Friday, January 15, 2016

Mapping Exercise - Enterprise Virtualization - update

Simon Wardley keeps posting maps, exercises of maps and guidelines for maps.  Maps, maps, maps.  As he @swardley recently followed me on twitter @abusedbits, I suddenly developed an immense sense of trust and responsibility to have a look at his teachings.

In a similar fashion, but most certainly naïve to the totality of his methods, I'm mapping Enterprise Virtualization Services.  One must start somewhere....

What I was hoping for was a simplified method to create a level of prediction about what could be expected in 2016 based on where they were from my PoV in 2015.

The results as follows:

Enterprise Virtualization Value Chain Mapping 2015
As position is relative, the map is comprised of elements of Enterprise Virtualization.  These are connected where natural connections exist and placed to the best of my ability. 

I then made a decision to create a direction and magnitude vector, also being relative, but as a predictor for how those elements would advance on the map.

Network of the legacy variety is getting more complex the more virtualization is applied.  So,  up and to the left it is.  Opposing this direction, Network using SDN should get less complex as SDN functions are developed to be used with the control plane, so to the right.  Certainly not downward as it still has some level of visibility to the user.

Storage is similar to Network.  Traditional Storage will be a lot less fun to deal with at any higher densities than it is today, with a direction up and left.  Software Defined Storage will start replace traditional storage methods so, to the right.

In both cases, when the Software Defined capability completely outpaces the traditional, a wholesale shift to the +SD feature set should take place.

Open virtualization in the enterprise still needs some nurturing.  It should slide right on the map as users get more familiar with it.  It probably won't outpace more traditional virtualization methods, so only into the enterprise product space.  I also realize there are vendors with it is a product, but have a difficulty justifying it in the product space by what I've seen to date.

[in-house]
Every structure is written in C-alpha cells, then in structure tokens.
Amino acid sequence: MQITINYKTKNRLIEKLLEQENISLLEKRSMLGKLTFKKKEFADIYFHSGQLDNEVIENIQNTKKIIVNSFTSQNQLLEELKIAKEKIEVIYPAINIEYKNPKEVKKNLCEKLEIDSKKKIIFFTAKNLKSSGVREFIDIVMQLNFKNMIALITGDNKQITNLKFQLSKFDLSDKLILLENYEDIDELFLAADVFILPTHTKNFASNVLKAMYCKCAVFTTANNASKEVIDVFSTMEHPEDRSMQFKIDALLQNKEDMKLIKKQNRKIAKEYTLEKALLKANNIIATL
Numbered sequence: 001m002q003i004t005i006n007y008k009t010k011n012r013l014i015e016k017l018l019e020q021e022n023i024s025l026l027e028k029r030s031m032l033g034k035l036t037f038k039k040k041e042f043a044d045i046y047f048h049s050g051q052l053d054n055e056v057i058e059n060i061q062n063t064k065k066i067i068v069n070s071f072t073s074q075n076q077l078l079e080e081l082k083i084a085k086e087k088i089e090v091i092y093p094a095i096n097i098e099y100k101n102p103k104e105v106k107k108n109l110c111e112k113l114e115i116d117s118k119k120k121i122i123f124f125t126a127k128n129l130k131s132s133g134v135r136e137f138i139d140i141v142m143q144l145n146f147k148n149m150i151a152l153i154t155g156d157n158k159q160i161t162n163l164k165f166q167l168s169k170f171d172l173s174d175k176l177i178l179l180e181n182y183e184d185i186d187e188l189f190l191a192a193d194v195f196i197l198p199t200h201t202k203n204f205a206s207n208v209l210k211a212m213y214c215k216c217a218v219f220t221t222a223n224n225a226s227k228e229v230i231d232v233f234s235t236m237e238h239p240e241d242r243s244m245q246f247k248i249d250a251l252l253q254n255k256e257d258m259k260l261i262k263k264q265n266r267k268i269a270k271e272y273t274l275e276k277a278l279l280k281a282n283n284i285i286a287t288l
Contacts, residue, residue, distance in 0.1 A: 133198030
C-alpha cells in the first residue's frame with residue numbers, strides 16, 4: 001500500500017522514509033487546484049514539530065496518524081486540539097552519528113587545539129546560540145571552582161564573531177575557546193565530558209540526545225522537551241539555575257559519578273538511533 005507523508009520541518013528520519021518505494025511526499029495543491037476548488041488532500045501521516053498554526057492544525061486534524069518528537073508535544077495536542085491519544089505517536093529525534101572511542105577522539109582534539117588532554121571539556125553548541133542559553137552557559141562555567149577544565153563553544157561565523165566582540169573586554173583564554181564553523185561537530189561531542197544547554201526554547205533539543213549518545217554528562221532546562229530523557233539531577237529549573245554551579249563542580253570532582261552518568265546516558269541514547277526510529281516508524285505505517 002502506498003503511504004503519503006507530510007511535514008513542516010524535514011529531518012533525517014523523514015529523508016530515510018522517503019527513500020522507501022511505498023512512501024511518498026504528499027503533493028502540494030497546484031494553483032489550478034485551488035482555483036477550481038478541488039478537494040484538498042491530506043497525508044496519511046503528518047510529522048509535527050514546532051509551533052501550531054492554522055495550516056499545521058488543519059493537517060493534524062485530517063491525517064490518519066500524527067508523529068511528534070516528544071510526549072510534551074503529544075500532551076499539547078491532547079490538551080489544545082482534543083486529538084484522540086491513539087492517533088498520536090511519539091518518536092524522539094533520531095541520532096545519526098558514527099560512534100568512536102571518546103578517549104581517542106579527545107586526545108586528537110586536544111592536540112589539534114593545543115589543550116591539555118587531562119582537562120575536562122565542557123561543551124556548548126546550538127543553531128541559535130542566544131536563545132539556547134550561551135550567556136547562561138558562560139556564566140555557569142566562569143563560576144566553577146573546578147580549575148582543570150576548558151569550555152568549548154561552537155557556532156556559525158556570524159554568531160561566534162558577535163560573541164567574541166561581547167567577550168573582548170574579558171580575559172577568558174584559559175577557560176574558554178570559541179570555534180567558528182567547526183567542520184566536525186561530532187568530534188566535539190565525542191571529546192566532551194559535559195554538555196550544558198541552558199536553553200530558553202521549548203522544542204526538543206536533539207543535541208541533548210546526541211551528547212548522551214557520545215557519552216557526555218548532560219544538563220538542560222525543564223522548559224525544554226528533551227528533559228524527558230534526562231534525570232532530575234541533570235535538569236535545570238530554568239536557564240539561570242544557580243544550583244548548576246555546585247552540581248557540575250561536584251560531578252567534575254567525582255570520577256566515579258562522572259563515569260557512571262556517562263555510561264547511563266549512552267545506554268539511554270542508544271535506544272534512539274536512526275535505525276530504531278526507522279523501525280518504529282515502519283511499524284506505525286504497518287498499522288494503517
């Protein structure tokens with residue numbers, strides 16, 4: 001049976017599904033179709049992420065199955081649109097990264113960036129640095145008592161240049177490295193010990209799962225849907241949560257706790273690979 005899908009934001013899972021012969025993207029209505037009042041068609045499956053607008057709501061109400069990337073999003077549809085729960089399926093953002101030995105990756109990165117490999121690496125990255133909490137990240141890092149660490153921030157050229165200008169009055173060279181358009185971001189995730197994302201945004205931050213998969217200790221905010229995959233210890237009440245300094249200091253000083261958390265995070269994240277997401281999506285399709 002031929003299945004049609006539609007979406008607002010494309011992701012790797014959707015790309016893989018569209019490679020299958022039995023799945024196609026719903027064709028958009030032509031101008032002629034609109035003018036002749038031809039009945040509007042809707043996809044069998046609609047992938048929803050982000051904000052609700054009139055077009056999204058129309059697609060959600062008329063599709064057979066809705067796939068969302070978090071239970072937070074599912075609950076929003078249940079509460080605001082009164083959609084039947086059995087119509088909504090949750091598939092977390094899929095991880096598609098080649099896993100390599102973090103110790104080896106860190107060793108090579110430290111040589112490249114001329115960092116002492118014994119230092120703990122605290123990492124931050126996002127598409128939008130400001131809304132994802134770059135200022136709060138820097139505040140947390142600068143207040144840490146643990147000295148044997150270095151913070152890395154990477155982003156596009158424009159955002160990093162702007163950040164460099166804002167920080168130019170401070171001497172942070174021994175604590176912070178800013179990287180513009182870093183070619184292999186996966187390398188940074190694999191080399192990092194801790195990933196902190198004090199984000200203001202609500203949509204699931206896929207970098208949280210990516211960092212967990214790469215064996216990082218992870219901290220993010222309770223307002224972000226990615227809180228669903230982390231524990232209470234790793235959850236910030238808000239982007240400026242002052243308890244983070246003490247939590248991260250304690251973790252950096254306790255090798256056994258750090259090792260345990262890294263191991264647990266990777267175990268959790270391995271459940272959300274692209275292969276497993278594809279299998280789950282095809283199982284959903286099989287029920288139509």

Platform ecosystems are tenuously on the border of products.  They still require a substantial amount of care and feeding.  I'm parking them for now.

Container technology should be one of the big movers.  Enterprise adoption is masked by the reliance on 2nd platform application types, but should be a clear win for any enterprise that makes the jump to 3rd platform, so, to the right.

Hybrid Cloud, still a manual integration process, but it should improve, so it moves to the right a smidge.

The resulting prediction, with hopeful vectors for 2016:
Enterprise Virtualization Value Chain Mapping 2016

Update:  I picked some tidbits from the ensuing Twitter conversation.


Mapping smaller scale predictors in XaaS space. Wondering if you can have a look at this.

using a perception of the previous years vectors.

@swardley Consumer Cloud Value Chain Mapping
@swardley Consumer Cloud Value Chain Areas
Ok , I had a look at your map. I'd counter (which is part of the point of mapping) with this.

PS : I would have added unikernel to the map at the genesys/ custom limit. Especially linked with NVF/storage / deploy

: that's the point of map, people can add / delete / debate etc.

In the fast movers, makes perfect sense. Are you confident in the more conservative Enterprise space RE adoption?

well , as a priority order then I'd expect ... 1) Access to utility infrastructure to trump deployment (sourcing) practice ...

2) Access to coding platform to trump concerns over if it uses VM / containers etc. ... it's a question of what is more important to user.

So , if someone said to me I have an non commodity / non utility baed infrastructure environment which uses containers - well ...

... provision of containers maybe a differentiator but my need is for very utility based infrastructure and this trumps.

That's the real trick there, isn't it.

: hence position relative to an anchor ... the anchor being user needs.

in that case you are adding inertia in your map Which I feel is counter productive You want now not perception of now

I was trying to create a prediction based on the map at smaller scales than WAR.

in that case adding the spread of usage on the map would probably be useful

: find duplication and bias is a big bugbear of mine.

I've seen it before, but really "saw" it for the first time in the presentation today.

awesome conversation

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